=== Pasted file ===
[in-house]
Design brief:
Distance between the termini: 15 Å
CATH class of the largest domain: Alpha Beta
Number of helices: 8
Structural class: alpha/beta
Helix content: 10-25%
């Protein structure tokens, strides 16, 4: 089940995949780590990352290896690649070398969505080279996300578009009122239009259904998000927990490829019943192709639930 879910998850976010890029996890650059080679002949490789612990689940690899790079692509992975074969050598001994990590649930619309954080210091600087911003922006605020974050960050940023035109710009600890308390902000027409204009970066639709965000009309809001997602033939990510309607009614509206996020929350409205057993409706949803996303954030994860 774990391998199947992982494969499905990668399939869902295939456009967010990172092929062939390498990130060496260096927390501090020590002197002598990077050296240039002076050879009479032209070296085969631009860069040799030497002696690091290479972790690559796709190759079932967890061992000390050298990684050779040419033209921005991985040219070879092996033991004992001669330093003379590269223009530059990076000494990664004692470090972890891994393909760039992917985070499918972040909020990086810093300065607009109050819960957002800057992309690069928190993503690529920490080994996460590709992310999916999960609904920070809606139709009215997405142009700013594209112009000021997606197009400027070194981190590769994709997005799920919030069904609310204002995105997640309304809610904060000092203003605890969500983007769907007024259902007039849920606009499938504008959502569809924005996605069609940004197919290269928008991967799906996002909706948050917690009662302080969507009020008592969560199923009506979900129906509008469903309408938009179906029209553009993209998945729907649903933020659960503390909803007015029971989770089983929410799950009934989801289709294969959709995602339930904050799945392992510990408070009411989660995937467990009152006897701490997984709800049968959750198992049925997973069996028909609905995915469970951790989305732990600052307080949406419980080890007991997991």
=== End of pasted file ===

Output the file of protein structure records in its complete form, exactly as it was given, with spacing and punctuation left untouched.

[in-house]
Design brief:
Distance between the termini: 15 Å
CATH class of the largest domain: Alpha Beta
Number of helices: 8
Structural class: alpha/beta
Helix content: 10-25%
């Protein structure tokens, strides 16, 4: 089940995949780590990352290896690649070398969505080279996300578009009122239009259904998000927990490829019943192709639930 879910998850976010890029996890650059080679002949490789612990689940690899790079692509992975074969050598001994990590649930619309954080210091600087911003922006605020974050960050940023035109710009600890308390902000027409204009970066639709965000009309809001997602033939990510309607009614509206996020929350409205057993409706949803996303954030994860 774990391998199947992982494969499905990668399939869902295939456009967010990172092929062939390498990130060496260096927390501090020590002197002598990077050296240039002076050879009479032209070296085969631009860069040799030497002696690091290479972790690559796709190759079932967890061992000390050298990684050779040419033209921005991985040219070879092996033991004992001669330093003379590269223009530059990076000494990664004692470090972890891994393909760039992917985070499918972040909020990086810093300065607009109050819960957002800057992309690069928190993503690529920490080994996460590709992310999916999960609904920070809606139709009215997405142009700013594209112009000021997606197009400027070194981190590769994709997005799920919030069904609310204002995105997640309304809610904060000092203003605890969500983007769907007024259902007039849920606009499938504008959502569809924005996605069609940004197919290269928008991967799906996002909706948050917690009662302080969507009020008592969560199923009506979900129906509008469903309408938009179906029209553009993209998945729907649903933020659960503390909803007015029971989770089983929410799950009934989801289709294969959709995602339930904050799945392992510990408070009411989660995937467990009152006897701490997984709800049968959750198992049925997973069996028909609905995915469970951790989305732990600052307080949406419980080890007991997991």